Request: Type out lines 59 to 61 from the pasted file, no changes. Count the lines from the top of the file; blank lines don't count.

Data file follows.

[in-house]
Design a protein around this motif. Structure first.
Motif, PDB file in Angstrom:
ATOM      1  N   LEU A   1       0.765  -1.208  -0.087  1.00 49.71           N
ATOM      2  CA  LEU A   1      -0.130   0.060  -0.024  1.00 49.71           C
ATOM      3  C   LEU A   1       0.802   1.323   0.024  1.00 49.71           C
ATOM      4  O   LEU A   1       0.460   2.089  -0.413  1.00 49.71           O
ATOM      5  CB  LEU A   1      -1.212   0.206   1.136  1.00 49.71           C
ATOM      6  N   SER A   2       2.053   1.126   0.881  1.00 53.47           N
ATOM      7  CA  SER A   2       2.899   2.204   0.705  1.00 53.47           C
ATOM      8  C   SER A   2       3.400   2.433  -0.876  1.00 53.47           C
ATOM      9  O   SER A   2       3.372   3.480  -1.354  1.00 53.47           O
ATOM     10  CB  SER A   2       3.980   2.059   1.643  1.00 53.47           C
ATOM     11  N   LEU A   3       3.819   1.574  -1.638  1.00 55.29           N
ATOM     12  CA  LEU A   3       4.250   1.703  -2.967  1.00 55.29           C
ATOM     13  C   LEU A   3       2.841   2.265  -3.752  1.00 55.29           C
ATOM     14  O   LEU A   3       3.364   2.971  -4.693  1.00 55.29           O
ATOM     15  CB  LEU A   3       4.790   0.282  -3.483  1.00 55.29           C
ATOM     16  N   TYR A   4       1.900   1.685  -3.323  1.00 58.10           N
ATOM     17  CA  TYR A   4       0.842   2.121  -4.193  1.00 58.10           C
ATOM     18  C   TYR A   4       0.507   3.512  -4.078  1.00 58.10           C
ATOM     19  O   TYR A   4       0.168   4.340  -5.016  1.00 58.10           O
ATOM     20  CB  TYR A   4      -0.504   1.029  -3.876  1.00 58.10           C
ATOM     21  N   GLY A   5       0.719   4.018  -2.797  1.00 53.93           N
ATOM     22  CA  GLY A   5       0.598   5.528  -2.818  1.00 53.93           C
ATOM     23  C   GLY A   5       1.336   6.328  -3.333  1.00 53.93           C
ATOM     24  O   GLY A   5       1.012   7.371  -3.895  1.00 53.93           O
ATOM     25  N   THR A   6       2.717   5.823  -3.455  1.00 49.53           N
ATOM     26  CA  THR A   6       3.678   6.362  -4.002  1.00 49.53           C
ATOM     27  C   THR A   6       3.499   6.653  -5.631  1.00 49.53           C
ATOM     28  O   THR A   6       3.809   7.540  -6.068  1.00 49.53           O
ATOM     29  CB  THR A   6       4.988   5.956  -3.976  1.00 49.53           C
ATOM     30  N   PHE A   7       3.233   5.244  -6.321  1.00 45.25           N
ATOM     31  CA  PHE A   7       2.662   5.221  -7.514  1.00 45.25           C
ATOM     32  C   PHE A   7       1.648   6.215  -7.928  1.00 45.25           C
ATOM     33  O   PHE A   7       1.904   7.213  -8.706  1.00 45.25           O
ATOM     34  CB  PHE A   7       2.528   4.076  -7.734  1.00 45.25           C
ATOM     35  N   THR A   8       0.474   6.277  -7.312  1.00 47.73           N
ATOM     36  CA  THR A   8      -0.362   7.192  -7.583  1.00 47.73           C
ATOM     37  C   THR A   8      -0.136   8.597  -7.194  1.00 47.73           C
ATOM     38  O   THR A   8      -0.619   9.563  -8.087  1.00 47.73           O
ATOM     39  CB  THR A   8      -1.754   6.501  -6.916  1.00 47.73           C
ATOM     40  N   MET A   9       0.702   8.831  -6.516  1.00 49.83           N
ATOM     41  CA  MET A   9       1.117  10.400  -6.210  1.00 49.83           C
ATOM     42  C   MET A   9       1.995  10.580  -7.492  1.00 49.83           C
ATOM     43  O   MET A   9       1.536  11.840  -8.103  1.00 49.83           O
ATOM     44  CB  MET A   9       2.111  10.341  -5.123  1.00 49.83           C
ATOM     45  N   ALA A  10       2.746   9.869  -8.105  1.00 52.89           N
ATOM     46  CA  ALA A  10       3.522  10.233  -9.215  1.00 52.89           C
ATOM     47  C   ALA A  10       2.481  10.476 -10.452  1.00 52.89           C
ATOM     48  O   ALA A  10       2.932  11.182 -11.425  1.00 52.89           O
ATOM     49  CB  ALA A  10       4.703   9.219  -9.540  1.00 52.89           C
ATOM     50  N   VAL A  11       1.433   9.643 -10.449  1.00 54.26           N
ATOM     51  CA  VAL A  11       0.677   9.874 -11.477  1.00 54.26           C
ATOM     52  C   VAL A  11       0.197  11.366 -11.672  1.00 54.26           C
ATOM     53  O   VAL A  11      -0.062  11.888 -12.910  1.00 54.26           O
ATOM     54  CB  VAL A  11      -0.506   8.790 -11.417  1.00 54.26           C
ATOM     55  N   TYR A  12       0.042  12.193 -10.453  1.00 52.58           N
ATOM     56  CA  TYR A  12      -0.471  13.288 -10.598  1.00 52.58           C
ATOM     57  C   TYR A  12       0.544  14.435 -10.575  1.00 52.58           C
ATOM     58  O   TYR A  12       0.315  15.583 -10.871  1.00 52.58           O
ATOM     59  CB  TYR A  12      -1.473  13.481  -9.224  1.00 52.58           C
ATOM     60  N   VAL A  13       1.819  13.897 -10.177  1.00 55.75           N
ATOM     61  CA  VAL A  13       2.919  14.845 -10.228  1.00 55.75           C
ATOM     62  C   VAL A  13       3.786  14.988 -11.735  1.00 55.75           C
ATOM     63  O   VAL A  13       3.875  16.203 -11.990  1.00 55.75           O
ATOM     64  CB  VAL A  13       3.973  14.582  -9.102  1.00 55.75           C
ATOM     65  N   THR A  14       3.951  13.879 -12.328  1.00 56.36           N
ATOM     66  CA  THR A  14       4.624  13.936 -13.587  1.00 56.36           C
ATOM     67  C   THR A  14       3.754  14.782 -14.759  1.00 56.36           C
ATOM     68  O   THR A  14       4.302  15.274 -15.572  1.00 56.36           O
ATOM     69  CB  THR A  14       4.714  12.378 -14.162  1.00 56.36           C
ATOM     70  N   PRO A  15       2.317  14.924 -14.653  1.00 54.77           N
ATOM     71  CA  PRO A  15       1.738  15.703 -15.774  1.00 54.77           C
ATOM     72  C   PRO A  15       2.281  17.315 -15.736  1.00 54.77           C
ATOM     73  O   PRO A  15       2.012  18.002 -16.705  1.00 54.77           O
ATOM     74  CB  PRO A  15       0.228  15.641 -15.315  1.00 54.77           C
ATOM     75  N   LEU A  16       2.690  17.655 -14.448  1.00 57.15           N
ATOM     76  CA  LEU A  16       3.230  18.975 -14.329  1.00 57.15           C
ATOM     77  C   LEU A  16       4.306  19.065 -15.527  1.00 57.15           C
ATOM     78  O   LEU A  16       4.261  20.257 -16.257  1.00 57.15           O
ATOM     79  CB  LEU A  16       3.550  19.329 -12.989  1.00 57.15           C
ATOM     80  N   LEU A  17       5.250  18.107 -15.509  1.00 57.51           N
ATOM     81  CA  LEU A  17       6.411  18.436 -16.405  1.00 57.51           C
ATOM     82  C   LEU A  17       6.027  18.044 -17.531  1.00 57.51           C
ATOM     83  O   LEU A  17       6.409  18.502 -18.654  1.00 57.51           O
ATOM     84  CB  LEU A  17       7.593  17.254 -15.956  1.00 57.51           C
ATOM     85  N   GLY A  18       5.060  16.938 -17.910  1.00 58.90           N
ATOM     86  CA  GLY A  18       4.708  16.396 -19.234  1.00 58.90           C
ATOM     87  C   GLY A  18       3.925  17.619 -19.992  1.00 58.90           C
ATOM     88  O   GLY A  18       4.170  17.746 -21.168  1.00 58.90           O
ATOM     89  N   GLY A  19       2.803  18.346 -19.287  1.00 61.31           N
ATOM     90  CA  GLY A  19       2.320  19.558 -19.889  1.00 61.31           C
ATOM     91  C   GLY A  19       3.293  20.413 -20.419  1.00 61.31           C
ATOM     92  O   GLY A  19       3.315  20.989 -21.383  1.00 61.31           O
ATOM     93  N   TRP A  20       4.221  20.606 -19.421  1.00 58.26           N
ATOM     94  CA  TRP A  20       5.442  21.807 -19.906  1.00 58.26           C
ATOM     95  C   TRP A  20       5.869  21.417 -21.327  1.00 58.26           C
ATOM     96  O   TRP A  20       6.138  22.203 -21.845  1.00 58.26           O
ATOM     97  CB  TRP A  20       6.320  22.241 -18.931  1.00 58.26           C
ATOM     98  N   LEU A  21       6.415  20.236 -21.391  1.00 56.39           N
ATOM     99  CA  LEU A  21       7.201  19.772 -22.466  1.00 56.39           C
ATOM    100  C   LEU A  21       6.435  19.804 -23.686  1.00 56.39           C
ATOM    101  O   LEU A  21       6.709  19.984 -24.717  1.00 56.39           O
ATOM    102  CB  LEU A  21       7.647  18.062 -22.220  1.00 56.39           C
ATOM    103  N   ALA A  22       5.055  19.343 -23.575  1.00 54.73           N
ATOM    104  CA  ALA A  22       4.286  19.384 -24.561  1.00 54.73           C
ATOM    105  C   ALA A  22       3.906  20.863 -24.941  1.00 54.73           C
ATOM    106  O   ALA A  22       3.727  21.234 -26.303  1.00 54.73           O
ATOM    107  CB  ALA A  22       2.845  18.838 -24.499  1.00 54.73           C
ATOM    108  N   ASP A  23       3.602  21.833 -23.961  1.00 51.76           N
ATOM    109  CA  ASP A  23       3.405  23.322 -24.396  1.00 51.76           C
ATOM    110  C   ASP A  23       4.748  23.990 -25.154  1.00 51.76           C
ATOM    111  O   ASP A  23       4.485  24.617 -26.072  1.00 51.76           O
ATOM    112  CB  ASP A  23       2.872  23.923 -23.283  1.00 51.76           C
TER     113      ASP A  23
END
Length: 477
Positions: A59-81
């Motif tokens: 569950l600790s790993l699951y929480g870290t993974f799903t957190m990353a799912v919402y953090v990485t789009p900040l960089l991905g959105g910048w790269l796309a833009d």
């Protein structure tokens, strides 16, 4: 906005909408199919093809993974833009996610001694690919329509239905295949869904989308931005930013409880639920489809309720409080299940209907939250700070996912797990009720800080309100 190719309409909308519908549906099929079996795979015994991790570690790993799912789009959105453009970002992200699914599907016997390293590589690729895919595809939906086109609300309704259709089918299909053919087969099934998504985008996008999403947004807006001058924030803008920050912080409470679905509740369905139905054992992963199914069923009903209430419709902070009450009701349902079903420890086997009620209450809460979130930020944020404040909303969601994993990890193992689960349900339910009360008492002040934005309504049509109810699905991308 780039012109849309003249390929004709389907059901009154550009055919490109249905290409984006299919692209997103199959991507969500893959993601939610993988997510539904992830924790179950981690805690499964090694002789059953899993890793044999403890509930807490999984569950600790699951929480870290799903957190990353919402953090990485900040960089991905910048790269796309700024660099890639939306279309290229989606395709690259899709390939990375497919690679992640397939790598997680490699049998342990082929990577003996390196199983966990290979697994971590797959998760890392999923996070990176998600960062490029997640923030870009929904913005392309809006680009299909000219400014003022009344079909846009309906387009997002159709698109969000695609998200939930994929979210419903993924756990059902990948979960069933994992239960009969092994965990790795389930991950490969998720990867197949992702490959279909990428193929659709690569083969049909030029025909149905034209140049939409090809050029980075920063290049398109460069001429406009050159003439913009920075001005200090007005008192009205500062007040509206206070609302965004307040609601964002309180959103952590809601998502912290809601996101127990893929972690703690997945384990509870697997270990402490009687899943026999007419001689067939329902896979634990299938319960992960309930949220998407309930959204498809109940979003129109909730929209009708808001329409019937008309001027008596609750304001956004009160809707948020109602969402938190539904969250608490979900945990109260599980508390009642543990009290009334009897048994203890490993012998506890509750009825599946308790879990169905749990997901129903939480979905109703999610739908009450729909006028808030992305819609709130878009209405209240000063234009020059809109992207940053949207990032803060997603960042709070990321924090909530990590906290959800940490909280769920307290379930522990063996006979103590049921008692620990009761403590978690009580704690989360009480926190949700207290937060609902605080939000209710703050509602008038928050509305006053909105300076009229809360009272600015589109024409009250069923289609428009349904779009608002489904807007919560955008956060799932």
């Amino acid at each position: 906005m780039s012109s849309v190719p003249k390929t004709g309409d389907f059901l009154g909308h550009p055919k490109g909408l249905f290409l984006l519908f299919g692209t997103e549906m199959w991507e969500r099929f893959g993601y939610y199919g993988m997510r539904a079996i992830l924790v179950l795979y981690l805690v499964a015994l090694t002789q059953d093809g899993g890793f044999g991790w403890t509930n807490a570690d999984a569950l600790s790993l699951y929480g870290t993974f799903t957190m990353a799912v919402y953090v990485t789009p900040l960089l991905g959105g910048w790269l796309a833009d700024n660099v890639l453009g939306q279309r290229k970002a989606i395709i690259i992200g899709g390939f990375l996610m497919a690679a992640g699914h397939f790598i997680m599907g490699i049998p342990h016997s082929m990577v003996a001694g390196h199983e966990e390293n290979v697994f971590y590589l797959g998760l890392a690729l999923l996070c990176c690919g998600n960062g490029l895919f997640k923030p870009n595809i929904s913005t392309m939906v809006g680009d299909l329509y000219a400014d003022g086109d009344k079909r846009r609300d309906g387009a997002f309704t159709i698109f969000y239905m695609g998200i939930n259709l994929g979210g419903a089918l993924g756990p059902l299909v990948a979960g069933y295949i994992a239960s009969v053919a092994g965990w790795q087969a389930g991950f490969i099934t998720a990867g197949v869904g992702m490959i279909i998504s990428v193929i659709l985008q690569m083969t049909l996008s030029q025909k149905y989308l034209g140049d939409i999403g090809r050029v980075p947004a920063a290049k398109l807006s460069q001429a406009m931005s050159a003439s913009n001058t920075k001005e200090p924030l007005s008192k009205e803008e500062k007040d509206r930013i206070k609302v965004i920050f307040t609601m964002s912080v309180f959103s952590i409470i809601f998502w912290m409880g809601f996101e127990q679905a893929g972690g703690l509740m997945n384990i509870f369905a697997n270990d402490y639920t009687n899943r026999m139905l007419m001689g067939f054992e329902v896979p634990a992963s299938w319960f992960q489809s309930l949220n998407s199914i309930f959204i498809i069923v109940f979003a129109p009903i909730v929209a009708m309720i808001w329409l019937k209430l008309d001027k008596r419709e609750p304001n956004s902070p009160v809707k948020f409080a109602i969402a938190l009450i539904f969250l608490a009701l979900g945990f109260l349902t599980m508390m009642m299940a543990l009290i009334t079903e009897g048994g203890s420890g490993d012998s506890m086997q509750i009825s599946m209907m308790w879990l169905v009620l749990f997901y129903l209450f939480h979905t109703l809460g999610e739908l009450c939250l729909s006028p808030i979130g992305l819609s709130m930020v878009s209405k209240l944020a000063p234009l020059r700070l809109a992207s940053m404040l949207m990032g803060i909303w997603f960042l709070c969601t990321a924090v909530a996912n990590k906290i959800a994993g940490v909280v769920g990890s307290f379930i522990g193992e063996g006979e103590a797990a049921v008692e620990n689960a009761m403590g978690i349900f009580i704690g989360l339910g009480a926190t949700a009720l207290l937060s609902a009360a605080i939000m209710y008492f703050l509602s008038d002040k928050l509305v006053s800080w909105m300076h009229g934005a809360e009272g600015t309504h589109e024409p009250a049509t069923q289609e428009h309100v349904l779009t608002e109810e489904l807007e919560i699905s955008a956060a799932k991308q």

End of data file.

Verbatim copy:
ATOM     56  CA  TYR A  12      -0.471  13.288 -10.598  1.00 52.58           C
ATOM     57  C   TYR A  12       0.544  14.435 -10.575  1.00 52.58           C
ATOM     58  O   TYR A  12       0.315  15.583 -10.871  1.00 52.58           O